Who will Save Local Industry?

AS the effects of the global financial upheaval rage on, job cuts have become the talk of the day.

From computer geeks Microsoft to steel makers Corus, companies are laying off workers. The intention is to assume leaner and more cost–efficient structures in the hope of remaining profitable and with a little luck ride out the wave.

Governments on the other hand have responded by throwing around generous rescue packages while relaxing regulations to create an enabling environment for business.

What is evident is that authorities will stop at nothing to give a life line to locally domiciled companies in their respective countries. Their determination, one can say, derives from a need to save jobs and to shield local industries in the face of increased threats from foreign products and subsequently, to their position in world trade.

Western economies appear to follow an unwritten code which accents the importance of producing and exporting as much as they can while limiting imports to inputs and what can be acquired cheaply elsewhere.

The rationale is that economies grow and develop if local supply is harnessed to meet local demand especially for basic goods and services.

The strategy, it appears, is to generate and attract as much money as you can from local products and keep most of it working within their economies by limiting outflows.

Evidently this is why many were relieved when the crisis spread to emerging economies, particularly the BRIC countries (Brazil, Russia, India and China).

Fears were that if they had not been affected, their companies would outflank struggling local companies and tip the balance. This also explains why there is so much noise whenever other economies adopt protectionist policies or preferential trade practices.

Back home, policy appears to turn a blind eye to this simple rule that requires protecting the local industry and ensuring a favourable operating environment.

This is despite the growing need to position the country to benefit from the looming free trade area. Price controls, unfavorable exchange rates and raging inflation are some of the structural impediments in place that have stripped local products of an upper hand previously held over foreign products.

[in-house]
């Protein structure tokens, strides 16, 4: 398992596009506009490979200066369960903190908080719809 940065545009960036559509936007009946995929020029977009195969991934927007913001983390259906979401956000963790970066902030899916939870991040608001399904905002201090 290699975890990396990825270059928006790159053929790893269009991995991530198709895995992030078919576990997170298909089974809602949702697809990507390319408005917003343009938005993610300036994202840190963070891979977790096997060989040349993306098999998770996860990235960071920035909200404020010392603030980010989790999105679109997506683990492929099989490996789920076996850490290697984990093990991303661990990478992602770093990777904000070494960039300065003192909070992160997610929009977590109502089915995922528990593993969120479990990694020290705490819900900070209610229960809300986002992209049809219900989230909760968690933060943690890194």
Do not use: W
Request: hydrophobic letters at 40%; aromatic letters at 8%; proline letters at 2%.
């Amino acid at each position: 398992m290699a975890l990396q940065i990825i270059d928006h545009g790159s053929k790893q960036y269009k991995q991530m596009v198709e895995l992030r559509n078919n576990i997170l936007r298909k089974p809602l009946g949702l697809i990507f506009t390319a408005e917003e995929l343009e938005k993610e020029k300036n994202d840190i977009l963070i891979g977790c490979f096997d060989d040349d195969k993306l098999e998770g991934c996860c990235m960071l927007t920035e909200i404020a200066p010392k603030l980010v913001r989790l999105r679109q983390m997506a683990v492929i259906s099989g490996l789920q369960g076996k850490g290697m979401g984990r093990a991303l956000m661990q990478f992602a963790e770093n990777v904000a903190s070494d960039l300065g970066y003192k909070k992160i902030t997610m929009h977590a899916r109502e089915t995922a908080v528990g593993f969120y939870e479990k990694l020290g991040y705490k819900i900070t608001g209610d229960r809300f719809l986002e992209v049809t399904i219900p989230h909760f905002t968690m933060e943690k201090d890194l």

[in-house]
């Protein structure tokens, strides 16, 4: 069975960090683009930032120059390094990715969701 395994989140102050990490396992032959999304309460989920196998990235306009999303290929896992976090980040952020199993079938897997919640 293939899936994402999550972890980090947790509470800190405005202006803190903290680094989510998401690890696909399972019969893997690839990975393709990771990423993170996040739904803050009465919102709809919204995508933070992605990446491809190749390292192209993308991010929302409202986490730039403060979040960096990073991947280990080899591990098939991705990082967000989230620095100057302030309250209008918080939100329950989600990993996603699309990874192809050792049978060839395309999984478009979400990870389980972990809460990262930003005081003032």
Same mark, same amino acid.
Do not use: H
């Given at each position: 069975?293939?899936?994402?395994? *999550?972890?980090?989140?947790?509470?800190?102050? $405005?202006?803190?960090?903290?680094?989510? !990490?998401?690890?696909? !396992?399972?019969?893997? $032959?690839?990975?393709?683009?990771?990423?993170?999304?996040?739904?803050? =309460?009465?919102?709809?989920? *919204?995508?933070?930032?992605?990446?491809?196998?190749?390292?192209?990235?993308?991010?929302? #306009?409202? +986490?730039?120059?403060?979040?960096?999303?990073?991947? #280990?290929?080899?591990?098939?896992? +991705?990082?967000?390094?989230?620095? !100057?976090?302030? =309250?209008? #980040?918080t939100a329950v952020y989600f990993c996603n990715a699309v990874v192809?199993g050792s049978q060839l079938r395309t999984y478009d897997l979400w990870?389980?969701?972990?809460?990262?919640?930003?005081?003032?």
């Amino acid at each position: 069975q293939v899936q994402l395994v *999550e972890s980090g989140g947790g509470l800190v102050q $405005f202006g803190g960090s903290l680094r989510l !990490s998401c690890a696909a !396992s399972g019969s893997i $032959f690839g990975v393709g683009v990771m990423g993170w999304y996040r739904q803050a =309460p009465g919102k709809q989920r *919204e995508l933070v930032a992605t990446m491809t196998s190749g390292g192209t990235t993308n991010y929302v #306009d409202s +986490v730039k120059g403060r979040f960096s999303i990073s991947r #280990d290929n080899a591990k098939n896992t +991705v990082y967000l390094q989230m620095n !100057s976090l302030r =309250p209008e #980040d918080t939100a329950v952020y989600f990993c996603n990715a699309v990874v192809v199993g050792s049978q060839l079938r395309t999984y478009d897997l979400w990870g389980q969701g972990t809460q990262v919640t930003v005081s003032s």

The existing foreign currency retention schemes have imposed an extra tax and have worked hand in glove with cumbersome red tape, to eat into company revenues, in the process compromising the competitiveness of local business notably the mining sector.

The decade–long economic slumber has not done industry any good either; the collapse of the primary sector has left it no option but to import expensive raw materials.

While we were absorbed in coping with the economic decay, our production technologies, infrastructure and service provision methods have become obsolete. This has left the economy prone to invasion by alien products. Local products have become less and less attractive because of inferior quality and poor product packaging among a host of other factors.

Food shortages forced authorities to blindly open an onslaught on local products. Removal of duty on basic goods in a bid to improve the food situation has gutted the economy leaving industry at the mercy of foreigners. This followed the selective licensing of retailers to sell in foreign currency.

Again locals were left to swallow the bitter pill as they were barred from selling their products in foreign currency. To add insult to injury, the cost of producing locally, were the inputs can be found, is now only in hard currency.

 
This has lead to a gradual erosion of whatever advantages local businesses previously enjoyed. The result has been an influx of imported products which seem to be out- competing local products.

Today it makes more sense for companies and individuals to import and sell finished products than for them to commit resources to producing. Highlighting the extent of the problem, it is now cheaper to drive and have cars serviced elsewhere in the region than to contract local service providers who import from the same sources before applying fat mark ups. ]

Delta Corporation is probably one of the most affected. The current structure has left the beverage manufacturers fighting a war they look set to lose. The giant is struggling to unseat an invasion by foreign beverages which have gained popularity especially with the younger generation of customers.

Not only do they enjoy superiority in their packaging and quality but they seem to be enjoying a price edge over Delta which has to import most raw materials and no longer enjoys regulatory protection as was before. 

At a briefing in December the group revealed that they were looking to franchise products from SABMiller in a bid to spruce up their product line and starve off competition.

 
While local business including the mining and lately financial sectors, titers on the brink of collapse because of operational challenges imposed by the harsh environment, the country is sprawling with retail outlets that sell mostly foreign products.

The owners, predominantly foreign, take advantage of cheaply sourced products in their resident countries to wage successful market share takeovers with feeble resistance.

Sadly prices are nowhere near those in source countries plus transport costs, rather prices are only lowered to levels sufficient to boot out competition and enjoy the free meal.

The rumour mill has it that a South African–based retail giant has been acquiring properties in Zimbabwe with the view of establishing outlets and tapping the market as soon as the timing is right.

The question then is, when will authorities wake up to this plight?  If they do, how many of the local companies will survive to see that day.

BY RONALD K NYAWERA

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